May 22, 2020

My last article admitted that the trading strategy used was effectively trading on market noise. Even under those conditions, it could win and win big. It is surprising that, after such a statement, system designers were not in an uproar and where they could have made all those points that could be made to rebuke the claims. The article went even further by providing a portfolio payoff matrix equation which enabled making long-term estimates of the portfolio's future value.

This equation is not common, but most certainly, it is ordinary.

The equation illustrated the point that a rebalancing stock trading program has an inherent structure. The way it was designed would determine what it would do going forward, or for that matter, going backward, as in a simulation.

Having an equation to explain the behavior of your trading strategy takes away all the pseudo-things you might have to say about it. There is no secret sauce, no the trick is this or that. You only have a rather plain math equation with an equal sign. An equal sign is not an opinion on something; it is a statement. Here it is again:

F(t) = F0 + Σ (H ∙ ΔP) = F0 + y ∙ rb ∙ j ∙ E[tr] ∙ u(t) ∙ E[PT] = F0 ∙ (1 + g)t

where y is the number of years the rebalancing is applied, rb is the number of rebalances per year, j is the number of stocks in the portfolio, and E[tr] is the expected turnover rate. u(t) is the betting function, and E[PT] is the expected average percent profit margin. The portfolio had its equivalent growth rate expressed as g.

Rebalancing

No matter what you did or how you did it, the equation would prevail.

The application of this equation only required a scheduled periodic rebalancing function applied to the selected stocks. The program used something like the following line of code:

schedule_function(rebalance, date_rules.week_start(), time_rules.market_open())

That single line of code was sufficient to predetermine how the strategy would behave with its selected stocks for the entire duration of the portfolio.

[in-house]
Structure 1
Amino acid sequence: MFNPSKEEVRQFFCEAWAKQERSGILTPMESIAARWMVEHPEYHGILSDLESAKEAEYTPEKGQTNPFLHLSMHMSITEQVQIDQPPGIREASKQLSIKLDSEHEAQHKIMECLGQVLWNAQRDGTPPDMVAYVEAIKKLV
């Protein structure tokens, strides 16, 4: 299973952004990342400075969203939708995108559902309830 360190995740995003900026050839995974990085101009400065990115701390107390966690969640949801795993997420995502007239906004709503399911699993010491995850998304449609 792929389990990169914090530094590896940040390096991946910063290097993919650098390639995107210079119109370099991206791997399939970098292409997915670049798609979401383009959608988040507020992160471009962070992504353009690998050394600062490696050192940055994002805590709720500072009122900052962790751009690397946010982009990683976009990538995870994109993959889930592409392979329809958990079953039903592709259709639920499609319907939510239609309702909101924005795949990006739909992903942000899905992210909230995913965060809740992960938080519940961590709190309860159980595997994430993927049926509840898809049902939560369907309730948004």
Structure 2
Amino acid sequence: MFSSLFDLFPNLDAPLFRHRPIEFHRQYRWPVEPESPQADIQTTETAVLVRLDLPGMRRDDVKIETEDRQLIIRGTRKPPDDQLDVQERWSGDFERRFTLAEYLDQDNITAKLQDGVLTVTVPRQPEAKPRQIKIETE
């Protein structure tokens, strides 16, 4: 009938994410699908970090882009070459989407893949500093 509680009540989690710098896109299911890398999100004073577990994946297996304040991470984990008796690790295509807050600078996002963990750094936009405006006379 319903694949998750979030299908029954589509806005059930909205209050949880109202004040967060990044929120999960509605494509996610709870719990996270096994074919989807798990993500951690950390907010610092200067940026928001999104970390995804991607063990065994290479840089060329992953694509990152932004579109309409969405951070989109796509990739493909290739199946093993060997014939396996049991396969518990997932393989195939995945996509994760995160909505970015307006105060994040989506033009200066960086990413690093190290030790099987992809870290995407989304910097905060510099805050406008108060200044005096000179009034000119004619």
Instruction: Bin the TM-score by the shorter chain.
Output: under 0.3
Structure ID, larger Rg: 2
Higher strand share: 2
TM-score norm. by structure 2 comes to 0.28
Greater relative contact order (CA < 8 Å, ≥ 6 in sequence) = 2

In the above equation, if you increase the number of years (y), you will increase the final outcome. If you rebalance 400 stocks (j) on a weekly basis (rb = 52) with an estimated turnover rate of 40% (E[tr] = 0.40), the strategy will make an average of 8,320 trades per year. Should you do this for 10 years (y = 10), the estimate goes up to 83,200 trades. This is without even knowing how the trading strategy will actually trade. If you do it for 20 years (y = 20), you could reach an estimated 166,400 trades.

It is the structure of the program, its rebalancing procedure, that is dictating how the trading strategy will behave.

Whether it be in a simulation or going forward, it is the expected average turnover rate (E[tr]) that will determine the number of trades that will be executed. If you increase the turnover to (E[tr] = 0.60), it will increase the number of trades to 249,600 over those 20 years.

No reason is given for any of the trades other than due to the weekly rebalancing procedure.

The program will trade no matter what. If you increase the number of stocks to 500 over those same 20 years with the same turnover rate, it would increase the number of trades to 312,000. Yet, there was no internal change to the program. Only the number of stocks in the portfolio was increased, and that decision was not made by the program but by the program's designer.

The number of stocks to trade is an independent trading decision, just as a weekly or monthly rebalancing or how long you want it to last.

You can do a simple napkin calculation to determine how your trading strategy will behave over the long term without even engaging in a simulation. It will give you the expected number of trades (E[n] = y ∙ rb ∙ j ∙ E[tr]) over the entire expected life of the portfolio.

It is the structure of your program that is dictating the number of trades your trading strategy might do over the years. Note, the number of trades your trading strategy will do does not say you will make a profit, only that, on average, as an estimate, you will do that many trades, whatever their respective outcomes.

So, there really is no secret sauce in the number of trades to be performed, which was fixed from the start with the rebalancing scheduled function. And if you think that it is your program that is going to determine the number of trades, think again; since the rebalancing function has control over this and market variance, market noise will be sufficient to trigger all those trades.

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